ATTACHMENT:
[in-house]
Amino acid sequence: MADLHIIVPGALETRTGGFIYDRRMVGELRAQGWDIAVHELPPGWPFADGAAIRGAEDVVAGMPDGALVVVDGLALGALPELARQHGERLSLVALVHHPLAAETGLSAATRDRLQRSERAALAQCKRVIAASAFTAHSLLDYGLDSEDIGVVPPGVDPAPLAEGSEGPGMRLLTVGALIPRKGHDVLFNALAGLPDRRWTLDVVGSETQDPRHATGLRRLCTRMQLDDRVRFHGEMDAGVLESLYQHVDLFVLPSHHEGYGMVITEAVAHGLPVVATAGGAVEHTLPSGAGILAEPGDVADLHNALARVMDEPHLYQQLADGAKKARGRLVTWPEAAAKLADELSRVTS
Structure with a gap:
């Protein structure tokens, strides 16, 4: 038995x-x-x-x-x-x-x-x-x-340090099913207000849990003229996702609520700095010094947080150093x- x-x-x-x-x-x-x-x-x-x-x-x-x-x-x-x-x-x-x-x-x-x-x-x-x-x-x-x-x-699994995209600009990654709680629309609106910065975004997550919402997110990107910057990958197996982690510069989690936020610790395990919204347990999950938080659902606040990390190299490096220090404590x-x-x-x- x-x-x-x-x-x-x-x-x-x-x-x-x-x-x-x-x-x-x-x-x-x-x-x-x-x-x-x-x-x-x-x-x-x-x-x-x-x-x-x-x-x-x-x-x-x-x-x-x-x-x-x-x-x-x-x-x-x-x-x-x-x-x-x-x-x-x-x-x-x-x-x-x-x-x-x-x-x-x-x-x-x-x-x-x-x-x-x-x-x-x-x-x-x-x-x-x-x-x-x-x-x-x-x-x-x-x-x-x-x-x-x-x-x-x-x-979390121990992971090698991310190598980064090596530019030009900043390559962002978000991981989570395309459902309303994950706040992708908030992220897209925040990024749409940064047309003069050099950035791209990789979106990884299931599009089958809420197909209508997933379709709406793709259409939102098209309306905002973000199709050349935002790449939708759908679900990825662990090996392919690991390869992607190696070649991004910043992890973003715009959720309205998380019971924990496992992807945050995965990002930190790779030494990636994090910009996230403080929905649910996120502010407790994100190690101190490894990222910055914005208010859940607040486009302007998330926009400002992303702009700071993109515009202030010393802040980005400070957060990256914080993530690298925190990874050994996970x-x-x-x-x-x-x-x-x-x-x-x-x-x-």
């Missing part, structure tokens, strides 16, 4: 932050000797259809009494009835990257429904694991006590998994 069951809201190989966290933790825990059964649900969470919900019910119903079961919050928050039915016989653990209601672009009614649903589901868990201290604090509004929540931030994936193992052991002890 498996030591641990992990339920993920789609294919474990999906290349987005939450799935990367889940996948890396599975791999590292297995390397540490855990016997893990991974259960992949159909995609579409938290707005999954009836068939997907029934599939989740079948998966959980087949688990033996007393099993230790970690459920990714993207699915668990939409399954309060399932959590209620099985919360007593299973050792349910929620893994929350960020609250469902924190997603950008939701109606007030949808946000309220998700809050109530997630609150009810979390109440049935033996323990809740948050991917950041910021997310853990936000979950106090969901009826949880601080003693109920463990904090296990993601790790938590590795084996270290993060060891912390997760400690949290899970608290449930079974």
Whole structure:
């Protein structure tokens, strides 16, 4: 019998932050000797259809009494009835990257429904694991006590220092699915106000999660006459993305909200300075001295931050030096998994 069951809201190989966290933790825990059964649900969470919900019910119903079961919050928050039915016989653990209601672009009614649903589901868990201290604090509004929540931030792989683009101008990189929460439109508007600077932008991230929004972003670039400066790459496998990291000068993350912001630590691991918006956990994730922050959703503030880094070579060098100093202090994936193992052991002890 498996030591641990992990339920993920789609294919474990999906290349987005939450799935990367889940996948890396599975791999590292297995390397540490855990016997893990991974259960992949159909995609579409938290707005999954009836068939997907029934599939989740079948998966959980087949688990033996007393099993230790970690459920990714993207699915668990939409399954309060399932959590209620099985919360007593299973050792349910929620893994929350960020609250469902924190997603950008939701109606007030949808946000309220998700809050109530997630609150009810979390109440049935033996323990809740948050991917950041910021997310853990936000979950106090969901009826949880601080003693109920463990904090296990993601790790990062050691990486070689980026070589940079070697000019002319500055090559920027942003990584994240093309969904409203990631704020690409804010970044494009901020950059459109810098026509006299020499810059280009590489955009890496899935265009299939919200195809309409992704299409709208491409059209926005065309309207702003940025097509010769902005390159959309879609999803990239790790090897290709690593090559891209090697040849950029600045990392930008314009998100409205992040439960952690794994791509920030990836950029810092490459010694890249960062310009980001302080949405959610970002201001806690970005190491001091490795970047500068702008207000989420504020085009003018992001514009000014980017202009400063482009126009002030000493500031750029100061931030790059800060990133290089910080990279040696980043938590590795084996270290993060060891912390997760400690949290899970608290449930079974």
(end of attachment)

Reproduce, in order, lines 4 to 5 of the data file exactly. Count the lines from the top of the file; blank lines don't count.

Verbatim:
């Protein structure tokens, strides 16, 4: 038995x-x-x-x-x-x-x-x-x-340090099913207000849990003229996702609520700095010094947080150093x- x-x-x-x-x-x-x-x-x-x-x-x-x-x-x-x-x-x-x-x-x-x-x-x-x-x-x-x-x-699994995209600009990654709680629309609106910065975004997550919402997110990107910057990958197996982690510069989690936020610790395990919204347990999950938080659902606040990390190299490096220090404590x-x-x-x- x-x-x-x-x-x-x-x-x-x-x-x-x-x-x-x-x-x-x-x-x-x-x-x-x-x-x-x-x-x-x-x-x-x-x-x-x-x-x-x-x-x-x-x-x-x-x-x-x-x-x-x-x-x-x-x-x-x-x-x-x-x-x-x-x-x-x-x-x-x-x-x-x-x-x-x-x-x-x-x-x-x-x-x-x-x-x-x-x-x-x-x-x-x-x-x-x-x-x-x-x-x-x-x-x-x-x-x-x-x-x-x-x-x-x-x-979390121990992971090698991310190598980064090596530019030009900043390559962002978000991981989570395309459902309303994950706040992708908030992220897209925040990024749409940064047309003069050099950035791209990789979106990884299931599009089958809420197909209508997933379709709406793709259409939102098209309306905002973000199709050349935002790449939708759908679900990825662990090996392919690991390869992607190696070649991004910043992890973003715009959720309205998380019971924990496992992807945050995965990002930190790779030494990636994090910009996230403080929905649910996120502010407790994100190690101190490894990222910055914005208010859940607040486009302007998330926009400002992303702009700071993109515009202030010393802040980005400070957060990256914080993530690298925190990874050994996970x-x-x-x-x-x-x-x-x-x-x-x-x-x-």
């Missing part, structure tokens, strides 16, 4: 932050000797259809009494009835990257429904694991006590998994 069951809201190989966290933790825990059964649900969470919900019910119903079961919050928050039915016989653990209601672009009614649903589901868990201290604090509004929540931030994936193992052991002890 498996030591641990992990339920993920789609294919474990999906290349987005939450799935990367889940996948890396599975791999590292297995390397540490855990016997893990991974259960992949159909995609579409938290707005999954009836068939997907029934599939989740079948998966959980087949688990033996007393099993230790970690459920990714993207699915668990939409399954309060399932959590209620099985919360007593299973050792349910929620893994929350960020609250469902924190997603950008939701109606007030949808946000309220998700809050109530997630609150009810979390109440049935033996323990809740948050991917950041910021997310853990936000979950106090969901009826949880601080003693109920463990904090296990993601790790938590590795084996270290993060060891912390997760400690949290899970608290449930079974």